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Jonathan Hyams June 1, 2009

Posted by Geoffrey Hiller in South Africa.

Hamburg, South Africa 2006

Jonathan Hyams (b.1984, Canada, raised in England) studied Documentary Photography at the University of Wales, Newport. His work  has been published in the Globe and Mail, Ottawa Citizen, and the New Internationalist as well as supporting campaigns for the Department For International Development, and Defense Children International. Since graduating in 2007, Jonathan continues to contribute to publications such as the Guardian as well as supporting charities like Christian Aid, Oxfam, and Unicef. In September 2008, Jonathan was awarded Hello Young Photographer of the Year in association with Getty Images and Nikon, for his reportage work on war torn Northern Uganda. His work has been exhibited internationally.

About the Photograph:

“Xolile Wiseman is shown at the start of Anti Retroviral treatment for HIV/AIDS. He is photographed holding his ID booklet as a point of reference. Patients beginning treatment now, are likely to have contracted HIV during the mid to late 90s’ –The ID photographs, reissued in the post apartheid ID booklets, now serve as a poignant snapshot of the subjects before contracting the virus. The ID booklet as a symbol, of the marginalization of blacks under apartheid, resonates deeply as many victims of HIV/AIDS find themselves again marginalised, but perhaps more critically from within their own communities.”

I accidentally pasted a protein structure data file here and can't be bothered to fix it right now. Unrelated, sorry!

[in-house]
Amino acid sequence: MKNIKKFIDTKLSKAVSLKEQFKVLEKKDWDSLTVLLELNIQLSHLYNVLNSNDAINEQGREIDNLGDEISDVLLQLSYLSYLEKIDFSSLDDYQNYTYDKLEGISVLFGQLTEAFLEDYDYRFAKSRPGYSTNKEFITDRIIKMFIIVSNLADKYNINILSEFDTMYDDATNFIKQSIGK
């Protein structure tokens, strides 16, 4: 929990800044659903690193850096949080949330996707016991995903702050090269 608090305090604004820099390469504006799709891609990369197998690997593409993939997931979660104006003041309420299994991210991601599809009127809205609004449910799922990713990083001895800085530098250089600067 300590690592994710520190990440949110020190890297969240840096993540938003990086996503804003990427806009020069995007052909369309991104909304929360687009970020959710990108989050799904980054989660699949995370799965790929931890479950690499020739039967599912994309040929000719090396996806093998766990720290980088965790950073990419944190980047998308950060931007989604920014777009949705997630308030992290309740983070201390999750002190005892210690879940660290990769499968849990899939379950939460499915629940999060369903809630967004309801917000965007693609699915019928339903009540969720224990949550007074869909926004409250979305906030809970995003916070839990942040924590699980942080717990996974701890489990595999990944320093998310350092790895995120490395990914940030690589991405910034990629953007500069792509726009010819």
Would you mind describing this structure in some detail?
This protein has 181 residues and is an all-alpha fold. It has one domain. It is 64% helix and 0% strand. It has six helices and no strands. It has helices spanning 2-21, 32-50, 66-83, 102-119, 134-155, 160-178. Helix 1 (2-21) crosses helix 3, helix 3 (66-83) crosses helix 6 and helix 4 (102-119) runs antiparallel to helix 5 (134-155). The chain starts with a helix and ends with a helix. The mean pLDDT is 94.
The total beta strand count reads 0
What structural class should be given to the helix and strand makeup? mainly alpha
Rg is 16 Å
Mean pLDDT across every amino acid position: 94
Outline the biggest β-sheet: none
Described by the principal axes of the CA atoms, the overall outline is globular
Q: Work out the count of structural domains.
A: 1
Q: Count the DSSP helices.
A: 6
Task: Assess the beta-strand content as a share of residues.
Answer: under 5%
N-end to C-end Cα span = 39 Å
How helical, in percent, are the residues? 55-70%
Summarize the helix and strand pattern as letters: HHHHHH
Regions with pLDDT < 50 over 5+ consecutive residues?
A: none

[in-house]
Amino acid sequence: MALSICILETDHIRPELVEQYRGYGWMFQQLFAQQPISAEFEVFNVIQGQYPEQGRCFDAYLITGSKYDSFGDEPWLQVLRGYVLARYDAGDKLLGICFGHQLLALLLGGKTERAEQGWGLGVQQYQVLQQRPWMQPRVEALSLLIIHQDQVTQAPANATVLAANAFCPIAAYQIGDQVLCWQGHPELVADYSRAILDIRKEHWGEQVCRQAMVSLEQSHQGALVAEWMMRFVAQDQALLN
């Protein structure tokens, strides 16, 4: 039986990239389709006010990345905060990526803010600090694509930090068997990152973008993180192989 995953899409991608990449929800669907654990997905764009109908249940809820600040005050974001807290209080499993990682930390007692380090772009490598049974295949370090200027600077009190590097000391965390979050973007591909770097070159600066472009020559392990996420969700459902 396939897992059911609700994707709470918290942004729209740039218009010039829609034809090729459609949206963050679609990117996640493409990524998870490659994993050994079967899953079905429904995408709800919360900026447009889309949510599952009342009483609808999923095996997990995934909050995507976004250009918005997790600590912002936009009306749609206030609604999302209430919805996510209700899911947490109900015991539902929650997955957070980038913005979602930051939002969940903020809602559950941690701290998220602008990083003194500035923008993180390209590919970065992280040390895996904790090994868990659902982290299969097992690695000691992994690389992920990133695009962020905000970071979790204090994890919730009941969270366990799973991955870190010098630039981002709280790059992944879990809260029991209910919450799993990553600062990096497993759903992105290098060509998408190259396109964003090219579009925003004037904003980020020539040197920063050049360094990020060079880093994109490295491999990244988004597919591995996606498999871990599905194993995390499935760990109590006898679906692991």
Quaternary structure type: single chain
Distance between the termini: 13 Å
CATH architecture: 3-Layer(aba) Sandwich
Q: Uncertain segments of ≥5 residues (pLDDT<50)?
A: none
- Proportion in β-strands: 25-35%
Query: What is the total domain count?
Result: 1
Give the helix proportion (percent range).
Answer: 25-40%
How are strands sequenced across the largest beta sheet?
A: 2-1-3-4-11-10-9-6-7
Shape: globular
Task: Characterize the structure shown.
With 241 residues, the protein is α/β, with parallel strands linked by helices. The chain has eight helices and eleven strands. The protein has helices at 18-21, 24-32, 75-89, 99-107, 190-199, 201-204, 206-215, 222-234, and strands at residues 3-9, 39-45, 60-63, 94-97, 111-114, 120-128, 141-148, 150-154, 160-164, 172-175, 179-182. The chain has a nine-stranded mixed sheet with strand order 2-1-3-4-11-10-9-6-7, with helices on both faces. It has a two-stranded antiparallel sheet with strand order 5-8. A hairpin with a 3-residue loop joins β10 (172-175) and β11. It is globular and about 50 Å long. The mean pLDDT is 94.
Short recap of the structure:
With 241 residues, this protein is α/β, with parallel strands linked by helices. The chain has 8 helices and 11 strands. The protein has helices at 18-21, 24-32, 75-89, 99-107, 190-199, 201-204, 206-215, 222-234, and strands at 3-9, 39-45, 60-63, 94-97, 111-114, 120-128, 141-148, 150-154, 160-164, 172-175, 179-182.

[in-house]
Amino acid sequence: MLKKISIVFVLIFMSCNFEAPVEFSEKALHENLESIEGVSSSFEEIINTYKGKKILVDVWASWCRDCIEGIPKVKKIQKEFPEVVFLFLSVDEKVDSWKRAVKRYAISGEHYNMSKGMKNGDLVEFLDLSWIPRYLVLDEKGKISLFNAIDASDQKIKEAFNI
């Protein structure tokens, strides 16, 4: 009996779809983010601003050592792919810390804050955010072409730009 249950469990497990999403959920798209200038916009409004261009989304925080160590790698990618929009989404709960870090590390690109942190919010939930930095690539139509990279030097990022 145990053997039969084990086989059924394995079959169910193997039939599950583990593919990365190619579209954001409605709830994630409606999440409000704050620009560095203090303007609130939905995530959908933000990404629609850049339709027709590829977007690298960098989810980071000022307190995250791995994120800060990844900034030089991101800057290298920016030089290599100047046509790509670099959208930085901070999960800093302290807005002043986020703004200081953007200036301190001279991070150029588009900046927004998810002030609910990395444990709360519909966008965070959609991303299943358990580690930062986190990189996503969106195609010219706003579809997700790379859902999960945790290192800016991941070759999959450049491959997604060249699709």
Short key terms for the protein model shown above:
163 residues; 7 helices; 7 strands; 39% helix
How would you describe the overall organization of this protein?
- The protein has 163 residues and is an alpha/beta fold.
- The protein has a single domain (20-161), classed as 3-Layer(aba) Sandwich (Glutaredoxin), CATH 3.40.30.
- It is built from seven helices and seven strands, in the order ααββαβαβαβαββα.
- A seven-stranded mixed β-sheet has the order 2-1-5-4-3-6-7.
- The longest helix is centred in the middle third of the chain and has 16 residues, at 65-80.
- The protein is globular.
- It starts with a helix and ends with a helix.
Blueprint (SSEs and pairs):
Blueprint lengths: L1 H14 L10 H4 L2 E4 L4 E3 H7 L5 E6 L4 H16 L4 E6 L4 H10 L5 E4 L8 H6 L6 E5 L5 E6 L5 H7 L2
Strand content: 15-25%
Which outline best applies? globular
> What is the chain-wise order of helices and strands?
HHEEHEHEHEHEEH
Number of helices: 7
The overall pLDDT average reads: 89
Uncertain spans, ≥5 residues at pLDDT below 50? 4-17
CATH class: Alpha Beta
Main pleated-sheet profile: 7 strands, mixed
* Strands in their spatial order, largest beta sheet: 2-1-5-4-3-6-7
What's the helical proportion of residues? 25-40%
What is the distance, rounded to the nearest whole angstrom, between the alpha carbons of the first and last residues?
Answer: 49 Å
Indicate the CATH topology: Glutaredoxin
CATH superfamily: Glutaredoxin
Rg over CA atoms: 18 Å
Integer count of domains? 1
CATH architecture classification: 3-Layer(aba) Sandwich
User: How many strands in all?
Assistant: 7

“HIV not only attacks the body it targets weaknesses in society. The stigma that still shrouds HIV in South Africa cripples efforts to tackle it. The sense of shame that people feel about the virus prevents them from being tested and telling the results to their friends and families. At this vital juncture between life and death he is shown to be a shadow of his former self. However, if the ARV treatment is successful, Wiseman may be able to reclaim his identity and lead a full and healthy life.”


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